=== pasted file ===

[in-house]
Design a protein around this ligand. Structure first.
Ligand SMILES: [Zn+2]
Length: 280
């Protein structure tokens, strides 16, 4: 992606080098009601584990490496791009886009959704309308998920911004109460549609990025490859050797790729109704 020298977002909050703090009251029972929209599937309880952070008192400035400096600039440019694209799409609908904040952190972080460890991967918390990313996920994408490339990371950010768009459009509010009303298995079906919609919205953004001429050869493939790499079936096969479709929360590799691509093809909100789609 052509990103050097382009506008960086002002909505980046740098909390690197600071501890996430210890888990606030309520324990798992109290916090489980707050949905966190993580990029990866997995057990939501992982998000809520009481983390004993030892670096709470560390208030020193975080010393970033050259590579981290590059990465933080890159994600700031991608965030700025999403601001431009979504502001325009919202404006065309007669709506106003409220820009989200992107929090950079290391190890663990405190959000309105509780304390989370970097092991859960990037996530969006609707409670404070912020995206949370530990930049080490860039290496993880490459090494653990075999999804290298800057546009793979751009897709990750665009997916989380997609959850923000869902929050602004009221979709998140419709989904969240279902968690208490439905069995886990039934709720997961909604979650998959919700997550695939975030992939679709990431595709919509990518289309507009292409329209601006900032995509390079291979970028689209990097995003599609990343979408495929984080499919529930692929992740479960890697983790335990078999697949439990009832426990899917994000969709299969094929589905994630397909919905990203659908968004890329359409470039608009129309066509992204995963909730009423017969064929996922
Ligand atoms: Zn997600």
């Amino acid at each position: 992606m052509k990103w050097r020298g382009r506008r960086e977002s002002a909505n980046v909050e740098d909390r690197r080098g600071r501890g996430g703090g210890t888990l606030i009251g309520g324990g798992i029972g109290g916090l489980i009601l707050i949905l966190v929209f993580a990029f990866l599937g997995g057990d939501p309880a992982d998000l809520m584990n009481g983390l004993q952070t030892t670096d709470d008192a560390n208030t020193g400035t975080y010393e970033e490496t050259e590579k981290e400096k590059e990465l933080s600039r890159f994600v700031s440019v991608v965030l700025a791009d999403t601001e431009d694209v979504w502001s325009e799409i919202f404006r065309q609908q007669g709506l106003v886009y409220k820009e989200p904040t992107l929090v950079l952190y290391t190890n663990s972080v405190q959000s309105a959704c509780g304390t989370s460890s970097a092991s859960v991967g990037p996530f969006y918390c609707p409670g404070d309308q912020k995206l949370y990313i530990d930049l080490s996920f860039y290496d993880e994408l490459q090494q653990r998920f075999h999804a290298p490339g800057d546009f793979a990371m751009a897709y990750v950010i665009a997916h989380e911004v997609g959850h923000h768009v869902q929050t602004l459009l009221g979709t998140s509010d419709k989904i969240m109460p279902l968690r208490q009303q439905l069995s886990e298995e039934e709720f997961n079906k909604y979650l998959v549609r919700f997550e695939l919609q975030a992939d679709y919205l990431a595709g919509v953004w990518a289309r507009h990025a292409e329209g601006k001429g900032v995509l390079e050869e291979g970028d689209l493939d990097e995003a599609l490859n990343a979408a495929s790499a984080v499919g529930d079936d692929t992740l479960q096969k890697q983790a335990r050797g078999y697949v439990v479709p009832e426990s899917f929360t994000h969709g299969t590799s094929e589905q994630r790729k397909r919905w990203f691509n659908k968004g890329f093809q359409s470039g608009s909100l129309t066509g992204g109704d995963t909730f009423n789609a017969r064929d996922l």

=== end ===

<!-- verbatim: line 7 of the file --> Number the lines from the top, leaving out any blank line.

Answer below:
């Amino acid at each position: 992606m052509k990103w050097r020298g382009r506008r960086e977002s002002a909505n980046v909050e740098d909390r690197r080098g600071r501890g996430g703090g210890t888990l606030i009251g309520g324990g798992i029972g109290g916090l489980i009601l707050i949905l966190v929209f993580a990029f990866l599937g997995g057990d939501p309880a992982d998000l809520m584990n009481g983390l004993q952070t030892t670096d709470d008192a560390n208030t020193g400035t975080y010393e970033e490496t050259e590579k981290e400096k590059e990465l933080s600039r890159f994600v700031s440019v991608v965030l700025a791009d999403t601001e431009d694209v979504w502001s325009e799409i919202f404006r065309q609908q007669g709506l106003v886009y409220k820009e989200p904040t992107l929090v950079l952190y290391t190890n663990s972080v405190q959000s309105a959704c509780g304390t989370s460890s970097a092991s859960v991967g990037p996530f969006y918390c609707p409670g404070d309308q912020k995206l949370y990313i530990d930049l080490s996920f860039y290496d993880e994408l490459q090494q653990r998920f075999h999804a290298p490339g800057d546009f793979a990371m751009a897709y990750v950010i665009a997916h989380e911004v997609g959850h923000h768009v869902q929050t602004l459009l009221g979709t998140s509010d419709k989904i969240m109460p279902l968690r208490q009303q439905l069995s886990e298995e039934e709720f997961n079906k909604y979650l998959v549609r919700f997550e695939l919609q975030a992939d679709y919205l990431a595709g919509v953004w990518a289309r507009h990025a292409e329209g601006k001429g900032v995509l390079e050869e291979g970028d689209l493939d990097e995003a599609l490859n990343a979408a495929s790499a984080v499919g529930d079936d692929t992740l479960q096969k890697q983790a335990r050797g078999y697949v439990v479709p009832e426990s899917f929360t994000h969709g299969t590799s094929e589905q994630r790729k397909r919905w990203f691509n659908k968004g890329f093809q359409s470039g608009s909100l129309t066509g992204g109704d995963t909730f009423n789609a017969r064929d996922l």